Shows an X-Game Event
Shows an X-Game Event
Although not snowboarding, rheumatoid Arthritis (RA) is like it’s own version of an X-Game Event.

RA Is Like It’s Own Version of An X-Game Event

The Sports Channel ESPN created The X-Games to showcase athletes performing dangerous and radical stunts.  The X is short for “extreme” which the games certainly are.

We had the opportunity to take a ski vacation to Colorado a few weeks ago while the X-Games were taking place.  It made me think about the time, effort, training and daily discipline the athletes put into perfecting and mastering their stunts.

I tried to imagine even having the nerve to attempt what they do, which I don’t begin to have what it takes.  Way out of my safety zone!  That is where my thoughts went to my safety zone, what I can and cannot try to do.  Living with rheumatoid arthritis (RA) definitely would not be in my safety zone by choice.  Nope.  Too serious, too scary.

Hence, here is how I see RA is like it’s own version of an X-Game Event.

First, the thought of your body attacking itself is terrifying.  That is what an autoimmune disease does in one way or another.  In the case of RA, it is the joints that get attacked.

Then there is the period of time that you have the symptoms, but haven’t been diagnosed yet.  This can take a bit of time as the symptoms often mimic so many other conditions and there is no one test that nails the diagnosis.  Your body seems unrecognizable.  The pain, fatigue, difficulty moving, strange sensations, swelling.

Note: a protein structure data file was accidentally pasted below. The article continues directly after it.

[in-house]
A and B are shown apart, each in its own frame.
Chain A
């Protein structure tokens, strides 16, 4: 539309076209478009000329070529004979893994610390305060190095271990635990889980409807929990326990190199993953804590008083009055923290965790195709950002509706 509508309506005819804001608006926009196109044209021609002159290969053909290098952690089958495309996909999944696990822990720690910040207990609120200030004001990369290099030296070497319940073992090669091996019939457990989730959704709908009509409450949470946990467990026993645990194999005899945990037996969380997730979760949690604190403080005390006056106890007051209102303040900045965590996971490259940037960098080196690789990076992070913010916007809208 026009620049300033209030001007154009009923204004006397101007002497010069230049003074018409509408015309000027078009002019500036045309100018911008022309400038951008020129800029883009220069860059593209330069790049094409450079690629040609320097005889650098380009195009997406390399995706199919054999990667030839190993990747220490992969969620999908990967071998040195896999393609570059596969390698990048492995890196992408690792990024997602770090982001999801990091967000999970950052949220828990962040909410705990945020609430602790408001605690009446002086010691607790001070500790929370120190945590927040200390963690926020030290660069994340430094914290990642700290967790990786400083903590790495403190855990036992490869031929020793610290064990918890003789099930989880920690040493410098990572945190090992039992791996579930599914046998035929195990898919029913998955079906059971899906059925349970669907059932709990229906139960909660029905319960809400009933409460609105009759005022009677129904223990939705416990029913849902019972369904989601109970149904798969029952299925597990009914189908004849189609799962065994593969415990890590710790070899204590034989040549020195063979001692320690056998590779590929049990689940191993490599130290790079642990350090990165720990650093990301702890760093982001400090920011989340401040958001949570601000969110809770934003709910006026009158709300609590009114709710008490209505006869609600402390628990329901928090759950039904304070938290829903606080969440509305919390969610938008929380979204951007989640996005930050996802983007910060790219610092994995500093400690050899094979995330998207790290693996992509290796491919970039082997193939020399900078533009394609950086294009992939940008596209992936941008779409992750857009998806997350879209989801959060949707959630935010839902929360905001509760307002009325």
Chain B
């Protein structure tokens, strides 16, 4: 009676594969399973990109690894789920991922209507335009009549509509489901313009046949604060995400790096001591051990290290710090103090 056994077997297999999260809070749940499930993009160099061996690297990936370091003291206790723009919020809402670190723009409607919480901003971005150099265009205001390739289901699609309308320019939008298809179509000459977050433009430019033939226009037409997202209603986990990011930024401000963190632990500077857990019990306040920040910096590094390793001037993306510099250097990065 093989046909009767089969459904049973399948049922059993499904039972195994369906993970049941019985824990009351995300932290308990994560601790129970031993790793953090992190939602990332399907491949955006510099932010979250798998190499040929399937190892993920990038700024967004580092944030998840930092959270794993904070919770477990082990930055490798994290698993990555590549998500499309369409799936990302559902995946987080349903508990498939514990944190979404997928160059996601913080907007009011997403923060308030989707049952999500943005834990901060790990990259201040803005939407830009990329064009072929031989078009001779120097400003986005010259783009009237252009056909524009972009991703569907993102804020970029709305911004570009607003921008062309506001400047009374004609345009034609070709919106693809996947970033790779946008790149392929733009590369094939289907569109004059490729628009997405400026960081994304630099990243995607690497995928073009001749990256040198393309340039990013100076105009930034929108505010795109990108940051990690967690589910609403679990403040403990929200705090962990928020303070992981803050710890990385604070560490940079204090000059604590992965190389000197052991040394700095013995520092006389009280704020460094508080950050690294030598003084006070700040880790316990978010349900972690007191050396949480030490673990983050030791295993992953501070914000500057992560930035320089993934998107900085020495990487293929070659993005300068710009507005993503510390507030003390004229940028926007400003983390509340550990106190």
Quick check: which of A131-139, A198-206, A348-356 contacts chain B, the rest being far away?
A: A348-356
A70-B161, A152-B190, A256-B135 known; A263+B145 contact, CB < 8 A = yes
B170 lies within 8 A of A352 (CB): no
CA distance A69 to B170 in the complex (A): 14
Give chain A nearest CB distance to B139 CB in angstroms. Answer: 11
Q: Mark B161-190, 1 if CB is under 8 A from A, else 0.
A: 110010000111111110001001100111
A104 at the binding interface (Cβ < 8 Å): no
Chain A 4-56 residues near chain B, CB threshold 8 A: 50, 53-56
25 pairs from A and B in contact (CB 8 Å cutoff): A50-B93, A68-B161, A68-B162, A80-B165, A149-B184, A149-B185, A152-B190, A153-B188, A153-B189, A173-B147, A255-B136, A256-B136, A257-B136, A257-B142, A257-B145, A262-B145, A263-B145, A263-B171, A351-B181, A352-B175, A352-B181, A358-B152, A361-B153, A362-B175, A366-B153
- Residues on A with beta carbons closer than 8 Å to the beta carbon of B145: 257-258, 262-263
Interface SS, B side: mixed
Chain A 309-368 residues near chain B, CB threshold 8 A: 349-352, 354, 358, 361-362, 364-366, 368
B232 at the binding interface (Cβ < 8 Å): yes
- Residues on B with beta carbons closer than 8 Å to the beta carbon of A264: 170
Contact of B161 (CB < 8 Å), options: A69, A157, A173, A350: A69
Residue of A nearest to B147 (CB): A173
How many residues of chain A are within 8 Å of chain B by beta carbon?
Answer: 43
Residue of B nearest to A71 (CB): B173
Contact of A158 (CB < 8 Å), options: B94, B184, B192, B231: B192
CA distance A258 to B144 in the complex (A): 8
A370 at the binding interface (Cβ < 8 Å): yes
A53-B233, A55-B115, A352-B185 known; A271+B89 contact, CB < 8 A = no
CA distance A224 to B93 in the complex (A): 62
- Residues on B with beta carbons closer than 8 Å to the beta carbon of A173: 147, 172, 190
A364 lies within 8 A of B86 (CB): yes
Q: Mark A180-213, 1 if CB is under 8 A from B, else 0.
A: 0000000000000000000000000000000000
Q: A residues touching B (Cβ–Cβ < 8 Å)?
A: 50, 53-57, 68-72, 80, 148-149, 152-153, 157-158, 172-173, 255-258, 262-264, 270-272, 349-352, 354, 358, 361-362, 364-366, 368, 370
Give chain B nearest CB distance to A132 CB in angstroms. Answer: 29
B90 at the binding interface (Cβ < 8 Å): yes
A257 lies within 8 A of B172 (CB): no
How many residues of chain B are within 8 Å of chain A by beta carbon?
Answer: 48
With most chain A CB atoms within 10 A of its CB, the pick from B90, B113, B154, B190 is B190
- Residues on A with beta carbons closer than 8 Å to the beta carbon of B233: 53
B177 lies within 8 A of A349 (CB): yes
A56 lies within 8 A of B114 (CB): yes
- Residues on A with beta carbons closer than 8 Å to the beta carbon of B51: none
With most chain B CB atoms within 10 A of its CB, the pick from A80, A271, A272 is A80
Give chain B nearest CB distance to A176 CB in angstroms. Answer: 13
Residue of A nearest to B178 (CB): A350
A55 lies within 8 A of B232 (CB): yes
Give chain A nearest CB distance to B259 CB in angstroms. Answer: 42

You may feel like you have the flu forever, but you don’t have the flu.

Then you get the diagnosis and are presented with treatment options.  The medications often have potentially serious side effects.  And what about giving yourself injections?  And what about the cost of it all?

But, RA is progressive and serious itself.  So you decide the disease is worse than the treatment.  You begin treatment.

Great if your body responds in a positive way.  But, you may need to try different medications before you find one, or more, that works for you.

Next, you will need to monitor how effective the therapy is by routine medical appointments and probably routine lab tests.  That is tricky for those with needle phobias and difficulty scheduling these appointments.  After all, jobs, family obligations, logistics can be a challenge to the process.

Furthermore, even when you have symptoms well controlled, the disease reminds you daily that it is still there.  Sensations and little breakthrough symptoms keep you wondering if this is the beginning of a flare.  You know, the full blown symptoms that rock the way you are managing the disease.

So, putting all this together, plus learning your unique triggers and making sometimes drastic lifestyle changes to improve your all over health and RA management, remind me of training for an X-Game event.  Extreme it is!

That is why I’m trying to make my lifestyle changes more of a habit and routine.  So my RA will have the smallest footprint on my day-to-day living.

And that, I believe, is using Arthritis Wisdom!

XXOO Cathy

photo credit:  Travis Colbert at Unsplash








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Arthritis should have the smallest footprint possible on your day-to-day living.  Small things added together make a huge impact.  Here’s to living your best life, even with arthritis!  Cheers!


Cathy from Arthritis Wisdom


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